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This publication is available at https://www.gov.uk/government/publications/daytime-running-lights/daytime-running-lights
Dedicated daytime running lights
Daytime running lights (DRL) are purpose-made, low-wattage lights that can be fitted to a vehicle and used during the day to improve the visibility of a vehicle to other drivers as well as pedestrians, cyclists and other road users. They do not need to be operated manually as they automatically activate when the engine is started and turn off when the engine stops or when headlights are switched on at night.
DRL are necessarily bright to ensure they are visible in the daytime but not so bright that they will dazzle others. However they are too bright for night time use and are not intended to illuminate the road in the dark. If used at night they will cause dazzle and discomfort to others and so drivers should always switch to their position lamps or headlamps at night.
Research has shown that DRLs are likely to reduce multiple vehicle daytime accidents and fatalities by up to 6% once all vehicles are equipped. DRL are likely to result in a small increase in fuel consumption and CO² emissions of around 0.5% but this is expected to be lower when LEDs are used in place of filament light sources.
Legislation and requirements:
Vehicle manufacturers must fit DRL to new types of passenger car and light goods vehicle (car derived vans) type approved to European vehicle requirements from February 2011[footnote 1] . In practice this means that any new model launched after this date, and many launched before, will be fitted with DRL. However, existing models on sale before this date without DRL fitted can continue to be sold and used indefinitely.
Similar requirements apply to large vehicles (such as HGVs) and buses from 7 August 2012. Motorcycles do not currently require DRL to be fitted, but most manufacturers voluntarily opt for an AHO (Automatic Headlight On) system to be installed as an alternative. Changes to European legislation will, in future permit manufacturers to fit DRL on their motorcycles.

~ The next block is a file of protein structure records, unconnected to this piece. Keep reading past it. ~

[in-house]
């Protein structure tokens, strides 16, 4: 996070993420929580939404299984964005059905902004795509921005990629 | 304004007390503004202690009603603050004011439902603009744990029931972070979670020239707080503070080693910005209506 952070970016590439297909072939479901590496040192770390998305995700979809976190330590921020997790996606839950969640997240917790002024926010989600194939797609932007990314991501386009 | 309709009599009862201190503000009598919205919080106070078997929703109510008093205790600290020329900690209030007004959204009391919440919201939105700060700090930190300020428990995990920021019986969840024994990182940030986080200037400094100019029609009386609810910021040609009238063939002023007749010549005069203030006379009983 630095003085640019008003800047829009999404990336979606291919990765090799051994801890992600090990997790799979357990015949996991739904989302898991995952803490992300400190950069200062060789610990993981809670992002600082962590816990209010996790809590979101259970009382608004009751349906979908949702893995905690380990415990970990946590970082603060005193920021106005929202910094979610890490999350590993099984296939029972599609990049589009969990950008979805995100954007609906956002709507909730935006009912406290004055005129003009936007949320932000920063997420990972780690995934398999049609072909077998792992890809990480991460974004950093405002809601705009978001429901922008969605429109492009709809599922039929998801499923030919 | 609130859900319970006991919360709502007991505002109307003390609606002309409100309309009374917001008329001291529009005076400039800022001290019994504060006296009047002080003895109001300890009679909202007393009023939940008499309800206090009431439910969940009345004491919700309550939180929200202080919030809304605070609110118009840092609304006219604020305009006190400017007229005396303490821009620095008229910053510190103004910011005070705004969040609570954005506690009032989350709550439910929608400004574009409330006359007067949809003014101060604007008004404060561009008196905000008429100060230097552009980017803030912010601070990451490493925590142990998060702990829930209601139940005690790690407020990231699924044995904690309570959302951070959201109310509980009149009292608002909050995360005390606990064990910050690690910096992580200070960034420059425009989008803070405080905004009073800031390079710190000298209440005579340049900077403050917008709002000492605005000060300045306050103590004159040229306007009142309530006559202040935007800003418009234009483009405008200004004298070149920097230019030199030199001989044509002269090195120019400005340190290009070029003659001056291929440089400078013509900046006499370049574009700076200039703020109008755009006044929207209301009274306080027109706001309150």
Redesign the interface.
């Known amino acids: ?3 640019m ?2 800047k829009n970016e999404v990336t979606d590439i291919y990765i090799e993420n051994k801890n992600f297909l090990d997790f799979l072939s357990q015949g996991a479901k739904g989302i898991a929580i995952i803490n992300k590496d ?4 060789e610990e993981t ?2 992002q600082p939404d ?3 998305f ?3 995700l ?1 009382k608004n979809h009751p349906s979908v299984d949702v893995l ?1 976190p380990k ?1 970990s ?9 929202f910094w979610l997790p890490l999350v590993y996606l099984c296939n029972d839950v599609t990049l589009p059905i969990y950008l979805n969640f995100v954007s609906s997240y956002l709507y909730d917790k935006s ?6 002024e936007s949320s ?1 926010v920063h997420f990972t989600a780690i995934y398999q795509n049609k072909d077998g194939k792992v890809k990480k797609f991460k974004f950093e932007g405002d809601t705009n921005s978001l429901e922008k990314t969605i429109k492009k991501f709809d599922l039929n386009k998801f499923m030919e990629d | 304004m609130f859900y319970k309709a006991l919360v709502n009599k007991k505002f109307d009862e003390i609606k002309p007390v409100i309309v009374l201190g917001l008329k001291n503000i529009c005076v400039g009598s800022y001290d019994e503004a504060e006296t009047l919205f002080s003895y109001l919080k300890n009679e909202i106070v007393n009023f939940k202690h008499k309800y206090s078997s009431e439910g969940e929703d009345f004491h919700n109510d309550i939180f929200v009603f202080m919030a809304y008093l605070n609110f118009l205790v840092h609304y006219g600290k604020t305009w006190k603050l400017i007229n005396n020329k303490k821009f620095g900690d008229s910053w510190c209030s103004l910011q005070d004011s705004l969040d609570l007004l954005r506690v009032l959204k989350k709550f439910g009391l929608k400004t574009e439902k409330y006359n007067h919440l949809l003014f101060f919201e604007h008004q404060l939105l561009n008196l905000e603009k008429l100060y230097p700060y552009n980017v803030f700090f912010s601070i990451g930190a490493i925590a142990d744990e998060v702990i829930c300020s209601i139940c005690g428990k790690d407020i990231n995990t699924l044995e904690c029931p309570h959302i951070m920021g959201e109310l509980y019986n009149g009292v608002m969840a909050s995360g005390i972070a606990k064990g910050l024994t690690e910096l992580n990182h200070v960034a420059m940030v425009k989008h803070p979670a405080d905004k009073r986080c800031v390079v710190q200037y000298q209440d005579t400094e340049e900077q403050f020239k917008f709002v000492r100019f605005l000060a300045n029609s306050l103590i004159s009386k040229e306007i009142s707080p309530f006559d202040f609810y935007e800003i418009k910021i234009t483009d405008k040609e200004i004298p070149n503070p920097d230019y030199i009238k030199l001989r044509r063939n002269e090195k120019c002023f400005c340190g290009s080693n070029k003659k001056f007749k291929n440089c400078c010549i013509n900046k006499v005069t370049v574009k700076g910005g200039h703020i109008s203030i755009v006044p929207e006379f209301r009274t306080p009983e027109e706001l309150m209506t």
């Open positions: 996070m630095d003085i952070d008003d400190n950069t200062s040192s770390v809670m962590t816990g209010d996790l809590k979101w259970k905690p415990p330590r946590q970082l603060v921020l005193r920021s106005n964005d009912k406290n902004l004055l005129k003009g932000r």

DRL activate automatically when the engine is started and remain on unless the headlamps are switched on. They may however remain off in some low speed and stationary situations. In general all other lights should remain off when the DRL are on but for a limited period some vehicles may be available which automatically activate the rear position lamps at the same time as the DRL.
DRL may be combined with other lamps. For example some manufacturers use the same lamp for both the DRL and position lamp. In these cases the DRL automatically dims to function as a lower intensity position lamp when the headlamps are turned on. DRL placed close to direction indicators may also automatically dim when the direction indicator is active. This is to ensure that the direction indicator is not masked by the light from the DRL.
There is no requirement to retro-fit DRL on vehicles not fitted with them as standard. If you decide to retro-fit DRL you should ensure they have been approved to the correct European legislation. This can be confirmed by checking that the approval mark embossed on the lamp contains the letters “RL”, see figure 1.
Ideally retro-fitted DRL should be installed such that they activate automatically when the engine starts and switch off when headlamps are turned on. If this is not the case then you must ensure that you manually turn DRL off at night as they will cause dazzle and discomfort to others if used in low ambient lighting conditions.
Use of other lamps during the daytime
Drivers of vehicles that are not fitted with DRL are not required to turn on their headlamps or position lamps during the day unless visibility is very poor. However some European member states do require some form of lighting during the day so if you travel abroad and do not have DRL fitted you may be obliged to drive with your headlamps on.
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European Directive 76/656/EEC, as amended by 2008/89/EC, concerning the installation of lighting and light-signalling devices on motor vehicles and their trailers. ↩